Factors affecting mitochondrial DNA quality from museum preserved Drosophila simulans

June 5, 2017 | Autor: J William O Ballard | Categoria: Zoology, Mitochondrial DNA, DNA Extraction, Ecological Applications
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Entomologia Experimentalis et Applicata 98: 279–283, 2001. © 2001 Kluwer Academic Publishers. Printed in the Netherlands.


Factors affecting mitochondrial DNA quality from museum preserved Drosophila simulans Matthew D. Dean1,2 & J. William O. Ballard1 1 Division

of Insects, The Field Museum, 1400 South Lake Shore Drive, Chicago, IL 60605-2496, USA;

2 Department of Biological Sciences, University of Illinois, Chicago, 845 W. Taylor St. M/C 066, Chicago, IL 60607,

USA Accepted: September 7, 2000

Key words: insect Storage, DNA extraction, PCR amplification, PCR success, Drosophilidae

Abstract In this study we investigate how traditional killing methods and storage regimes affected mitochondrial DNA quality in Drosophila simulans. Here we define quality with three criteria: (1) size of extracted DNA, (2) extraction yield, and (3) ability to amplify from four target regions. Killing methods had a significant effect on extraction yield, but not on PCR success. Highest DNA yields were extracted from specimens exposed to cyanide, while the lowest were from specimens killed in 70% ethanol. Specimens stored for two years contained badly sheared DNA, which translated into a significant decrease in PCR success compared to freshly assayed specimens. The most dramatic decrease in PCR success occurred in the 1822 bp and 1332 bp amplicons, compared to the 959 bp and 291 bp fragments. Naphthalene did not affect any aspect of DNA quality; time of storage affected PCR success regardless of naphthalene environment. This study serves to further refine our understanding of DNA degradation.

Introduction As more efficient methods are developed for gathering DNA sequence, many researchers wish to integrate molecular analyses into their evolutionary studies. Unfortunately, not all specimens contain DNA of suitable quality for molecular analysis. Without a clear understanding of the parameters that influence the degradation of DNA in stored specimens, destructive sampling of specimens could be unnecessarily wasteful (Quicke et al., 1999). The purpose of this study was to investigate how four killing methods and three storage conditions affect DNA quality. These methods were chosen because they are traditionally employed by museum scientists. We define quality with three criteria: (1) size of extracted DNA, (2) extraction yield, and (3) ability to amplify from four target regions. Past studies have helped identify potential factors that directly affect DNA. Post et al. (1993) reported that black flies preserved in liquid nitrogen or cold ethanol yielded more DNA than those preserved in formal saline, Carnoy’s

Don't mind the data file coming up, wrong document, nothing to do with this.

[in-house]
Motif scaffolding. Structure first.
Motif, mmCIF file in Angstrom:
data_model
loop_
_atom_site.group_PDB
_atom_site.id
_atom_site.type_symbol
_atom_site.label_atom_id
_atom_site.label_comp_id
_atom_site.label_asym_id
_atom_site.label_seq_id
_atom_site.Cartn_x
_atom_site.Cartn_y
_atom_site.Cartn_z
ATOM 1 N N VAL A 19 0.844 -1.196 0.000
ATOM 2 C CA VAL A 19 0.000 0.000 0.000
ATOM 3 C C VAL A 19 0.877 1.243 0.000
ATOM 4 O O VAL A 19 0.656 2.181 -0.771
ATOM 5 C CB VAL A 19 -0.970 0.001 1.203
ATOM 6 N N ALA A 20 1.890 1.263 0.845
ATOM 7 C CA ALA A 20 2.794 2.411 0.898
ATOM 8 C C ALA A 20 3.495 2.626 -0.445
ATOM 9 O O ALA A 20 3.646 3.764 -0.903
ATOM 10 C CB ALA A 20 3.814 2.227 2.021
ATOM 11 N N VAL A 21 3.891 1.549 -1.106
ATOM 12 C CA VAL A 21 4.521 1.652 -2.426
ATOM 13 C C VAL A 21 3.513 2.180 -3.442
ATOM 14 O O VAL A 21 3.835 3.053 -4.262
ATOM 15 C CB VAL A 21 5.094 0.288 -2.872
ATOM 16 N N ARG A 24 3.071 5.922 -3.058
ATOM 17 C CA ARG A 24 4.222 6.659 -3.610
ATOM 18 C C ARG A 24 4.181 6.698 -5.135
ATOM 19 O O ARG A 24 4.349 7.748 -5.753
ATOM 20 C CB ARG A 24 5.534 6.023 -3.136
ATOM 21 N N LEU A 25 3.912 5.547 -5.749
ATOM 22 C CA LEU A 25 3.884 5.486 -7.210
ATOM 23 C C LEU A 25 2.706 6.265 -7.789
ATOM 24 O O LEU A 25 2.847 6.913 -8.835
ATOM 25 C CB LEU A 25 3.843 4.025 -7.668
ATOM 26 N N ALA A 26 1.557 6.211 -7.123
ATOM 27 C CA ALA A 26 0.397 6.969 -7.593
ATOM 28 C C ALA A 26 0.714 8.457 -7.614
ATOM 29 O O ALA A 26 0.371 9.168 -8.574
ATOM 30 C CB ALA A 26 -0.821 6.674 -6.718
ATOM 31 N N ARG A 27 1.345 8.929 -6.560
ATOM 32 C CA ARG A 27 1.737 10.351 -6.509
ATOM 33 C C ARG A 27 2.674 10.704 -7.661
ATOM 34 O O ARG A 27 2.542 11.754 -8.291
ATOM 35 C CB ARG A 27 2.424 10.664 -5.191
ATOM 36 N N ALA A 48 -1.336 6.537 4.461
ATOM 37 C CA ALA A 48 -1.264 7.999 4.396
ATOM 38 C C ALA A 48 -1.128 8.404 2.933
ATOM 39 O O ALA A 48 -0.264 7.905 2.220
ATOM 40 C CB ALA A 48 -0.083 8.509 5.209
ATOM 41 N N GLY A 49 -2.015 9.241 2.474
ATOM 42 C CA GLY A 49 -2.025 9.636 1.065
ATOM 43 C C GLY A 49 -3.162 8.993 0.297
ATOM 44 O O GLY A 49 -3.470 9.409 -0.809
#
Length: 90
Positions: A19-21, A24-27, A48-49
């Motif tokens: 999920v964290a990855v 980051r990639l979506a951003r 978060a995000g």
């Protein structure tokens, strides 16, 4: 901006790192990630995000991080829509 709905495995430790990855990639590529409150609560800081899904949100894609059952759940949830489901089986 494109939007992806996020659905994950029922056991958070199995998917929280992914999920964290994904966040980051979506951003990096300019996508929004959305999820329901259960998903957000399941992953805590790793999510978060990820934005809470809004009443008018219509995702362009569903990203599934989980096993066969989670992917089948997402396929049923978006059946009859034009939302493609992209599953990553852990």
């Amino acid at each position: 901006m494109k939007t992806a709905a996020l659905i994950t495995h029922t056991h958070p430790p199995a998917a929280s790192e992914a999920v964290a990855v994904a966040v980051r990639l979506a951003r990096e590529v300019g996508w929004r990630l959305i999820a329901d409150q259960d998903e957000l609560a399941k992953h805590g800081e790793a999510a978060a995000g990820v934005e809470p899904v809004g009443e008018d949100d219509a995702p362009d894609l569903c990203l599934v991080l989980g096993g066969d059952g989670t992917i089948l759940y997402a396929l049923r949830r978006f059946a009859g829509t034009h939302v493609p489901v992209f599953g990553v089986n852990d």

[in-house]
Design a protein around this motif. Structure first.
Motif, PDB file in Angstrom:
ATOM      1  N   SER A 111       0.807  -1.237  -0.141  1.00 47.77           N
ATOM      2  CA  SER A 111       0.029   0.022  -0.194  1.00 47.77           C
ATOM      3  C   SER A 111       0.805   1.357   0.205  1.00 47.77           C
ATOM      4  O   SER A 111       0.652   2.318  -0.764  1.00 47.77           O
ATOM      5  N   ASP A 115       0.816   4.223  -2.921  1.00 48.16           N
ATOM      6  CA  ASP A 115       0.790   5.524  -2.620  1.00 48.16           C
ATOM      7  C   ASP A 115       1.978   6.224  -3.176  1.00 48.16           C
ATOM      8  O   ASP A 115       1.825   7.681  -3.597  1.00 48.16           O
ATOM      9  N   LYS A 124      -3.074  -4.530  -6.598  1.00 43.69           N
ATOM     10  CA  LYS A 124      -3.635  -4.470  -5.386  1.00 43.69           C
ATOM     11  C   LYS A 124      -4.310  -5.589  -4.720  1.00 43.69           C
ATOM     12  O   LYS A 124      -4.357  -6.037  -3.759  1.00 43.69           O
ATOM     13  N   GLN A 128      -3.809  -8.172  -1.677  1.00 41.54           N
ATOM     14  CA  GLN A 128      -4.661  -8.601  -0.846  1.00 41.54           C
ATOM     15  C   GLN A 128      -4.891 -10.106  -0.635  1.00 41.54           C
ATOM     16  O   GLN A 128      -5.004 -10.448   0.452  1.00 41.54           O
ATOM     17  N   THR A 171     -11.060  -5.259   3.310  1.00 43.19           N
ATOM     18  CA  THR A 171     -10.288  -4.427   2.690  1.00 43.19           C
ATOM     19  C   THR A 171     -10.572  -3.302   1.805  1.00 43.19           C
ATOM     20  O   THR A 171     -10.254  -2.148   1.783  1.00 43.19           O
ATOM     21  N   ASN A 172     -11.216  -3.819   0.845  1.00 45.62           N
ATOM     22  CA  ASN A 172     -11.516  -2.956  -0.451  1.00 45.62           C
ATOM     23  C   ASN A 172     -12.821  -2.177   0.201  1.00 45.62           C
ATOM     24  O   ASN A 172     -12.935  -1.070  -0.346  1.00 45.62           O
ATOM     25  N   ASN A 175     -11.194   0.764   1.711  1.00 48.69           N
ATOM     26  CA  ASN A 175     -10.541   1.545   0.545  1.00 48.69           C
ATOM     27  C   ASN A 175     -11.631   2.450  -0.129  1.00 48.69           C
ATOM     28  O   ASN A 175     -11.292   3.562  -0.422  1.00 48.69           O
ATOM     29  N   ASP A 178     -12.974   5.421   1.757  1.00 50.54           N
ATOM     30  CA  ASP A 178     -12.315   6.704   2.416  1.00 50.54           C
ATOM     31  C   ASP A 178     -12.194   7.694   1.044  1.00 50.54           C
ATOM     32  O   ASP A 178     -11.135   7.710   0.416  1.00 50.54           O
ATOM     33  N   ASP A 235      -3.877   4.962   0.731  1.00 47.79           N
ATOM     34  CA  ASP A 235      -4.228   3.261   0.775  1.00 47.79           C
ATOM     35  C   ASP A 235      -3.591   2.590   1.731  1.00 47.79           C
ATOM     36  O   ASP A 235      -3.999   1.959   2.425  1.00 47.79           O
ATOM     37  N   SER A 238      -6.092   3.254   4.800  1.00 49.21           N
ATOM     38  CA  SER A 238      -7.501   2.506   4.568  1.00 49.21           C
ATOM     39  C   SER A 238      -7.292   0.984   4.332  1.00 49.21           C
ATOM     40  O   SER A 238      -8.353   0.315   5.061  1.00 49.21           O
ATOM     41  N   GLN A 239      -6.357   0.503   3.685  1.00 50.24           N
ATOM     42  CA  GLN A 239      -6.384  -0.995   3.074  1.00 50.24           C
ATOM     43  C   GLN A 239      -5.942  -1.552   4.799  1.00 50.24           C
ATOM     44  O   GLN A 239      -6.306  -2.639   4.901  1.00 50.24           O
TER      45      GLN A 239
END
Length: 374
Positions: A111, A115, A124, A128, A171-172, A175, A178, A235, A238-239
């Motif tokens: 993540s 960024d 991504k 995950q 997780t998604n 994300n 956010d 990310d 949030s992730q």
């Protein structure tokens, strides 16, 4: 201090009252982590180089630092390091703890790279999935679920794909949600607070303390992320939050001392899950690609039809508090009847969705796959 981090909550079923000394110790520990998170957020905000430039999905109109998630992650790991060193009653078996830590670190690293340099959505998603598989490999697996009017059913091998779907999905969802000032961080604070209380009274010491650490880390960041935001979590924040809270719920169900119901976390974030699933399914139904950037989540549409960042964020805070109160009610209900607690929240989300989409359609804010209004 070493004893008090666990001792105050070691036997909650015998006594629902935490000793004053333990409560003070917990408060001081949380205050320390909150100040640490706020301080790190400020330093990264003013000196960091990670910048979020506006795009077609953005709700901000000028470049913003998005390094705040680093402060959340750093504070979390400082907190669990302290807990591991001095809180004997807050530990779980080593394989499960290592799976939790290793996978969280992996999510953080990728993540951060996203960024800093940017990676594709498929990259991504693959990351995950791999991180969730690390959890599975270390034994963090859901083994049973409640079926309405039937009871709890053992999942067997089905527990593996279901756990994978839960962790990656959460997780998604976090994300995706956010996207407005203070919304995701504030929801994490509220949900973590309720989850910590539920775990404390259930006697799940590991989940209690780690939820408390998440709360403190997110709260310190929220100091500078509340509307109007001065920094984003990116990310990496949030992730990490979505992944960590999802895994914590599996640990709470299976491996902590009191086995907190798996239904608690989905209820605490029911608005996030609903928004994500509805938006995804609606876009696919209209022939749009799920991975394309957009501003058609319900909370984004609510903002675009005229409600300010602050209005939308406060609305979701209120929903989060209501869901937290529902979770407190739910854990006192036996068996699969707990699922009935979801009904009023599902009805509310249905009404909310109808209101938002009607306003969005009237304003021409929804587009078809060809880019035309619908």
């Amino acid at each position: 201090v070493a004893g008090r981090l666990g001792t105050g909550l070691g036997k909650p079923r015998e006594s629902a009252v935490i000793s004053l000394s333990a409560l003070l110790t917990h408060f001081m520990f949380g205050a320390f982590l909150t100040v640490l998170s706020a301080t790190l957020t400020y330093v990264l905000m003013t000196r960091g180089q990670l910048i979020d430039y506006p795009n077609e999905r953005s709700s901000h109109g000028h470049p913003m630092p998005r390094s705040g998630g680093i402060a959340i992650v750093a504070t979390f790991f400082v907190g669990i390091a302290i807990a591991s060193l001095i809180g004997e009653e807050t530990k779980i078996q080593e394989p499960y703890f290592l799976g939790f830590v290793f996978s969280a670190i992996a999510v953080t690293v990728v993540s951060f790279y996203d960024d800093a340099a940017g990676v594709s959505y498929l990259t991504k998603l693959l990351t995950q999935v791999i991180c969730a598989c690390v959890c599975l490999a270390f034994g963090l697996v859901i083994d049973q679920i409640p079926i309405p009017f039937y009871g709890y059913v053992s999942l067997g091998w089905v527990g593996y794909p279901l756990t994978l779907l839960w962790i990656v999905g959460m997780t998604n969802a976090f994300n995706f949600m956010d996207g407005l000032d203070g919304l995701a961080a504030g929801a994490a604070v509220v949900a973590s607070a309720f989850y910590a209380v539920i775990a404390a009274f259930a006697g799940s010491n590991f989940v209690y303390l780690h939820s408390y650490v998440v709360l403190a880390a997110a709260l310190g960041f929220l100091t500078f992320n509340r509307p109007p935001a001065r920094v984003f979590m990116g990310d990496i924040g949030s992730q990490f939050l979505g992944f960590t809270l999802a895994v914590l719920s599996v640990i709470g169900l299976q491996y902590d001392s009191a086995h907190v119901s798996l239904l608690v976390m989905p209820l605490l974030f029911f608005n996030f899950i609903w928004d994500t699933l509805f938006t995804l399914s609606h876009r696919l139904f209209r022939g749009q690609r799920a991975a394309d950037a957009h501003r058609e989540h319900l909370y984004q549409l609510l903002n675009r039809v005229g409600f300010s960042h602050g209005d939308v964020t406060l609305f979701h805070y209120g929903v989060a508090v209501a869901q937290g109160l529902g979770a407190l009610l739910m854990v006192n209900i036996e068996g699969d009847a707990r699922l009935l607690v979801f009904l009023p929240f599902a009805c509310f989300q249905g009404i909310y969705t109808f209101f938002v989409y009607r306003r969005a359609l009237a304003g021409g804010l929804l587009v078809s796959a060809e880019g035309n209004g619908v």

solution, methanol, or propanol. Reiss et al. (1994) and Koch et al. (1998) also found that cold ethanol yielded higher quality DNA than Carnoy’s solution. Quicke et al. (1999) found a relationship between age of the specimen and PCR success, but these data were analyzed a posteriori, without prior design of specific experiments targetting effects on DNA quality. These studies have advanced our understanding of the parameters that influence DNA preservation. The present study is the first to assess effects of killing method and preservation on the ability of the Polymerase Chain Reaction (PCR) to amplify differently sized products in a balanced experimental design. Shearing and interstrand cross-linking are two poorly understood mechanisms that can compromise DNA integrity. Shearing, or the breaking of DNA into smaller fragments, depends on a number of factors, including radiation (mainly UV), temperature, pH, and salt concentration of the environment (Dessauer et al., 1990; Seutin et al., 1991; Lindahl, 1993; Walker & Sikorska, 1994). Interstrand cross-linking may be caused by a variety of chemical reactions, including

280 alkylation, which bind or modify DNA and inhibit denaturation (Kornberg, 1980). Extractions containing sheared DNA should contain shorter fragments. It may be expected that very short fragments should precipitate less efficiently, thus yields based on precipitation techniques should decrease with increased shearing. In the 140-year-old tissue of an extinct quagga, Higuchi et al. (1984) observed extraction yields of approximately 1% that of fresh samples. With shearing, PCR success should be correlated with the amount of continuous template; all else being equal, shorter fragments should be easier to amplify because they are more likely to remain continuous. With cross-linking, we would not necessarily expect shorter DNA fragments or lower yields. Instead, PCR success should correlate with the ability to denature the cross-linking bonds.

Materials and methods Insects. The Drosophila simulans DSR isofemale line was used for all experiments. Ary Hoffmann (LaTrobe University, Bundoora) collected this line at Riverside, California. The line was maintained at 25 ◦ C. Treatments. Four traditional killing methods and three storage conditions were chosen. The four killing methods included 7–9 min exposure to cyanide, ethyl acetate, freezing (−20 ◦ C), and 70% ethanol (room temperature). One full set of treatments was stored in the presence of naphthalene and one in the absence of naphthalene for two years. All two-year-old specimens were pinned immediately following death, using Karlovarské size 00 insect pins. After the two year storage period, we exposed a third full set of treatments to the same killing methods and assayed them immediately. Extraction. Five individuals were sampled from each of 12 treatments. DNA was extracted according to the Puregener DNA isolation kit D-7000A (Gentra Systems), employing one-third of the standard volumes. Individuals were homogenized and the cells lysed before Proteinase K and RNAse A digestion. The protein was precipitated prior to precipitation of DNA with cold (4 ◦ C) isopropanol. DNA precipitates were washed, dried, and rehydrated with 25µl autoclaved ddH2O. Extraction yields were quantified using